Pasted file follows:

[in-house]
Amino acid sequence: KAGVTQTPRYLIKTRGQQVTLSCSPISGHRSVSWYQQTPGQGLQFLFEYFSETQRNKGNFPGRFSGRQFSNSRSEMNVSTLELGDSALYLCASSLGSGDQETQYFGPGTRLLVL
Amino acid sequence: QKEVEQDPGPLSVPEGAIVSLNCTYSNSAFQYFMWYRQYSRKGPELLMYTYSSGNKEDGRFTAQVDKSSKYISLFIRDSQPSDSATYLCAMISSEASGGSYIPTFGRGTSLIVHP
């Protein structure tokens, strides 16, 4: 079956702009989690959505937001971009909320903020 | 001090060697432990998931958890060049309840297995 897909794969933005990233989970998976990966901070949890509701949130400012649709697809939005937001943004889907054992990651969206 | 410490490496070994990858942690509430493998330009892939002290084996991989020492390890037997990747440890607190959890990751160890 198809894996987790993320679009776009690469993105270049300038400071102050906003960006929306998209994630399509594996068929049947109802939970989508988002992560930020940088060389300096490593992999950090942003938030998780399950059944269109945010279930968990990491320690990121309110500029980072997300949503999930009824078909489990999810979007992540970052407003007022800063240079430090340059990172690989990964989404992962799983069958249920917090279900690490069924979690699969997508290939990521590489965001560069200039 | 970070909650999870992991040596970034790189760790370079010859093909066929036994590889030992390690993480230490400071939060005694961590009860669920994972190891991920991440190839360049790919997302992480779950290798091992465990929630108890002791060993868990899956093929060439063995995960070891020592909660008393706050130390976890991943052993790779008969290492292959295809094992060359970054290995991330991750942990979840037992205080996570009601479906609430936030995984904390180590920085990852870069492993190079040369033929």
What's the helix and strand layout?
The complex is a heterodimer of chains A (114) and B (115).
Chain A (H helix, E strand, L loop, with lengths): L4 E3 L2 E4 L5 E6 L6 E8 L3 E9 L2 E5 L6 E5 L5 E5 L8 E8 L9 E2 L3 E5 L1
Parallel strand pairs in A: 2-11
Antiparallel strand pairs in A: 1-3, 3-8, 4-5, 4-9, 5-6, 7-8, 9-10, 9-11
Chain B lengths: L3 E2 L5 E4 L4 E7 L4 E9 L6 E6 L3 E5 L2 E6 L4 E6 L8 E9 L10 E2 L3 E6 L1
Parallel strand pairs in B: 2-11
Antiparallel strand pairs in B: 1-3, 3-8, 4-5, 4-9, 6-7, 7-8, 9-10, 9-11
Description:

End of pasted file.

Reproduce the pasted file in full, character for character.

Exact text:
[in-house]
Amino acid sequence: KAGVTQTPRYLIKTRGQQVTLSCSPISGHRSVSWYQQTPGQGLQFLFEYFSETQRNKGNFPGRFSGRQFSNSRSEMNVSTLELGDSALYLCASSLGSGDQETQYFGPGTRLLVL
Amino acid sequence: QKEVEQDPGPLSVPEGAIVSLNCTYSNSAFQYFMWYRQYSRKGPELLMYTYSSGNKEDGRFTAQVDKSSKYISLFIRDSQPSDSATYLCAMISSEASGGSYIPTFGRGTSLIVHP
């Protein structure tokens, strides 16, 4: 079956702009989690959505937001971009909320903020 | 001090060697432990998931958890060049309840297995 897909794969933005990233989970998976990966901070949890509701949130400012649709697809939005937001943004889907054992990651969206 | 410490490496070994990858942690509430493998330009892939002290084996991989020492390890037997990747440890607190959890990751160890 198809894996987790993320679009776009690469993105270049300038400071102050906003960006929306998209994630399509594996068929049947109802939970989508988002992560930020940088060389300096490593992999950090942003938030998780399950059944269109945010279930968990990491320690990121309110500029980072997300949503999930009824078909489990999810979007992540970052407003007022800063240079430090340059990172690989990964989404992962799983069958249920917090279900690490069924979690699969997508290939990521590489965001560069200039 | 970070909650999870992991040596970034790189760790370079010859093909066929036994590889030992390690993480230490400071939060005694961590009860669920994972190891991920991440190839360049790919997302992480779950290798091992465990929630108890002791060993868990899956093929060439063995995960070891020592909660008393706050130390976890991943052993790779008969290492292959295809094992060359970054290995991330991750942990979840037992205080996570009601479906609430936030995984904390180590920085990852870069492993190079040369033929």
What's the helix and strand layout?
The complex is a heterodimer of chains A (114) and B (115).
Chain A (H helix, E strand, L loop, with lengths): L4 E3 L2 E4 L5 E6 L6 E8 L3 E9 L2 E5 L6 E5 L5 E5 L8 E8 L9 E2 L3 E5 L1
Parallel strand pairs in A: 2-11
Antiparallel strand pairs in A: 1-3, 3-8, 4-5, 4-9, 5-6, 7-8, 9-10, 9-11
Chain B lengths: L3 E2 L5 E4 L4 E7 L4 E9 L6 E6 L3 E5 L2 E6 L4 E6 L8 E9 L10 E2 L3 E6 L1
Parallel strand pairs in B: 2-11
Antiparallel strand pairs in B: 1-3, 3-8, 4-5, 4-9, 6-7, 7-8, 9-10, 9-11
Description: